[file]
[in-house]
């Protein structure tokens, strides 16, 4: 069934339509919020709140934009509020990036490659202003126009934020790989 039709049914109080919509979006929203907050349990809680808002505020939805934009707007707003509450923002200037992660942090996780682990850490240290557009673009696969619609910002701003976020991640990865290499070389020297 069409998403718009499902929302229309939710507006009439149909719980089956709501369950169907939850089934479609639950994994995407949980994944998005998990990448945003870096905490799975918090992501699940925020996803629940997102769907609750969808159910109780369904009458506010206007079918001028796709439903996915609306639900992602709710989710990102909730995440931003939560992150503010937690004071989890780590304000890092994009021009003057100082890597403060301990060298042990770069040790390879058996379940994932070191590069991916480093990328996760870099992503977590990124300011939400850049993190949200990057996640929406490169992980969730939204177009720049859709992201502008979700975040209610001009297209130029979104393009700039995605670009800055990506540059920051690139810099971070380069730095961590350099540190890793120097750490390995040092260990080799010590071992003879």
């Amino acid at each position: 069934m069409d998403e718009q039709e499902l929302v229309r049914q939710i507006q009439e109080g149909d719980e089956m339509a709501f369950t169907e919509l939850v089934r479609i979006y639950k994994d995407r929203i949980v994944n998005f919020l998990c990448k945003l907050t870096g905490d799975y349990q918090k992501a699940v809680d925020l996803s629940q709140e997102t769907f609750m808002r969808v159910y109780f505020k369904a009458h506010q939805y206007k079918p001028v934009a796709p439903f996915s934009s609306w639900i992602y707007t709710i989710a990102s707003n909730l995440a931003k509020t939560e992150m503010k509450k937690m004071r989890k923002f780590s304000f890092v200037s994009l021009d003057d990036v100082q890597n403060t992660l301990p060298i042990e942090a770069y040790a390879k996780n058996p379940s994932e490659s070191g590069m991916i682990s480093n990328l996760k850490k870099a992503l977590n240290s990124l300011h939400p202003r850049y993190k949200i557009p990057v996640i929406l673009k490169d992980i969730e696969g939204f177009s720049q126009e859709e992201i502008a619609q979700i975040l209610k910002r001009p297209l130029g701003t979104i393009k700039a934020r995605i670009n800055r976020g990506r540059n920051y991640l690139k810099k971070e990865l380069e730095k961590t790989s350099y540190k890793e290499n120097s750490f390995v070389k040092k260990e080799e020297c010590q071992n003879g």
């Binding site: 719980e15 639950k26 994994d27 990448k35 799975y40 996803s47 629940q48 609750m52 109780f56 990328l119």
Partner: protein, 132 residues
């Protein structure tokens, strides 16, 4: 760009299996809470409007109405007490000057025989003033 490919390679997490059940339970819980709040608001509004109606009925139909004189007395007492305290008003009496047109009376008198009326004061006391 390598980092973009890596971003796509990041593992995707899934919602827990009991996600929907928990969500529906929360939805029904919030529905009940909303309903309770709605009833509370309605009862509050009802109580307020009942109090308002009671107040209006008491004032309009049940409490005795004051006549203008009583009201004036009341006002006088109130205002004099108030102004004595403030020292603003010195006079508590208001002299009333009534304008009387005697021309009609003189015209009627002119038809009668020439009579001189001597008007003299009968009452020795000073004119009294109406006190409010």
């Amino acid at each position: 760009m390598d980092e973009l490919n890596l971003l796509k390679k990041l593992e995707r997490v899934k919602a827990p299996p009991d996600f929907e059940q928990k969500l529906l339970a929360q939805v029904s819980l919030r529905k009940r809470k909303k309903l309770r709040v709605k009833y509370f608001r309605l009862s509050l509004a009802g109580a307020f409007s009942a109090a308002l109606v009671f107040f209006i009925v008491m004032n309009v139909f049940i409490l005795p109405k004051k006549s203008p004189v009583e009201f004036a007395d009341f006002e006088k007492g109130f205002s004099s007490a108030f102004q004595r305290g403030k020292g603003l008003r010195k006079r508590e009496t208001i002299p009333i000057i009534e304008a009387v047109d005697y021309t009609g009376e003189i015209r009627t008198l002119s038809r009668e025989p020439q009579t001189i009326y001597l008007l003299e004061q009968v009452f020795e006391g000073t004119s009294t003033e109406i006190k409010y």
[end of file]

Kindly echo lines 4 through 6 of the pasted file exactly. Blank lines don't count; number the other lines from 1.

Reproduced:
């Binding site: 719980e15 639950k26 994994d27 990448k35 799975y40 996803s47 629940q48 609750m52 109780f56 990328l119």
Partner: protein, 132 residues
């Protein structure tokens, strides 16, 4: 760009299996809470409007109405007490000057025989003033 490919390679997490059940339970819980709040608001509004109606009925139909004189007395007492305290008003009496047109009376008198009326004061006391 390598980092973009890596971003796509990041593992995707899934919602827990009991996600929907928990969500529906929360939805029904919030529905009940909303309903309770709605009833509370309605009862509050009802109580307020009942109090308002009671107040209006008491004032309009049940409490005795004051006549203008009583009201004036009341006002006088109130205002004099108030102004004595403030020292603003010195006079508590208001002299009333009534304008009387005697021309009609003189015209009627002119038809009668020439009579001189001597008007003299009968009452020795000073004119009294109406006190409010």